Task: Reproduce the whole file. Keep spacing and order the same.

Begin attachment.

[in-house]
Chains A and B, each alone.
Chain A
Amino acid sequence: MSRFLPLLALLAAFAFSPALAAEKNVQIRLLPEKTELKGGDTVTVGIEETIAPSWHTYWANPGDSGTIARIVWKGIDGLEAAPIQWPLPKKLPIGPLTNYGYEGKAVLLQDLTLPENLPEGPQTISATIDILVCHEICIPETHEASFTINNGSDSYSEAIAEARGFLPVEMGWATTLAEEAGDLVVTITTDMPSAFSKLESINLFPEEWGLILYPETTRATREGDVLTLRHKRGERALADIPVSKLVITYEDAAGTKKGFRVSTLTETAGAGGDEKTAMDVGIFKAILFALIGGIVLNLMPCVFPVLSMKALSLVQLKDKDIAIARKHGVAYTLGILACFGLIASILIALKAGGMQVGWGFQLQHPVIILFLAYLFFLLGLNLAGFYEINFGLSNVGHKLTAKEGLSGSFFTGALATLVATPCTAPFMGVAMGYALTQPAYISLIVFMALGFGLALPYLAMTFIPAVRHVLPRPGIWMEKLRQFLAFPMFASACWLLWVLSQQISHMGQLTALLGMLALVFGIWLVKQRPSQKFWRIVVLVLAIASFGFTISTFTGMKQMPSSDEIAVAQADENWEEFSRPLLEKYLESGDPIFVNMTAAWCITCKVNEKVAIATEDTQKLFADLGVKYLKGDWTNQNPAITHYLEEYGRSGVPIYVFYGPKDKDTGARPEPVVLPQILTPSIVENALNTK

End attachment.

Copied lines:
[in-house]
Chains A and B, each alone.
Chain A
Amino acid sequence: MSRFLPLLALLAAFAFSPALAAEKNVQIRLLPEKTELKGGDTVTVGIEETIAPSWHTYWANPGDSGTIARIVWKGIDGLEAAPIQWPLPKKLPIGPLTNYGYEGKAVLLQDLTLPENLPEGPQTISATIDILVCHEICIPETHEASFTINNGSDSYSEAIAEARGFLPVEMGWATTLAEEAGDLVVTITTDMPSAFSKLESINLFPEEWGLILYPETTRATREGDVLTLRHKRGERALADIPVSKLVITYEDAAGTKKGFRVSTLTETAGAGGDEKTAMDVGIFKAILFALIGGIVLNLMPCVFPVLSMKALSLVQLKDKDIAIARKHGVAYTLGILACFGLIASILIALKAGGMQVGWGFQLQHPVIILFLAYLFFLLGLNLAGFYEINFGLSNVGHKLTAKEGLSGSFFTGALATLVATPCTAPFMGVAMGYALTQPAYISLIVFMALGFGLALPYLAMTFIPAVRHVLPRPGIWMEKLRQFLAFPMFASACWLLWVLSQQISHMGQLTALLGMLALVFGIWLVKQRPSQKFWRIVVLVLAIASFGFTISTFTGMKQMPSSDEIAVAQADENWEEFSRPLLEKYLESGDPIFVNMTAAWCITCKVNEKVAIATEDTQKLFADLGVKYLKGDWTNQNPAITHYLEEYGRSGVPIYVFYGPKDKDTGARPEPVVLPQILTPSIVENALNTK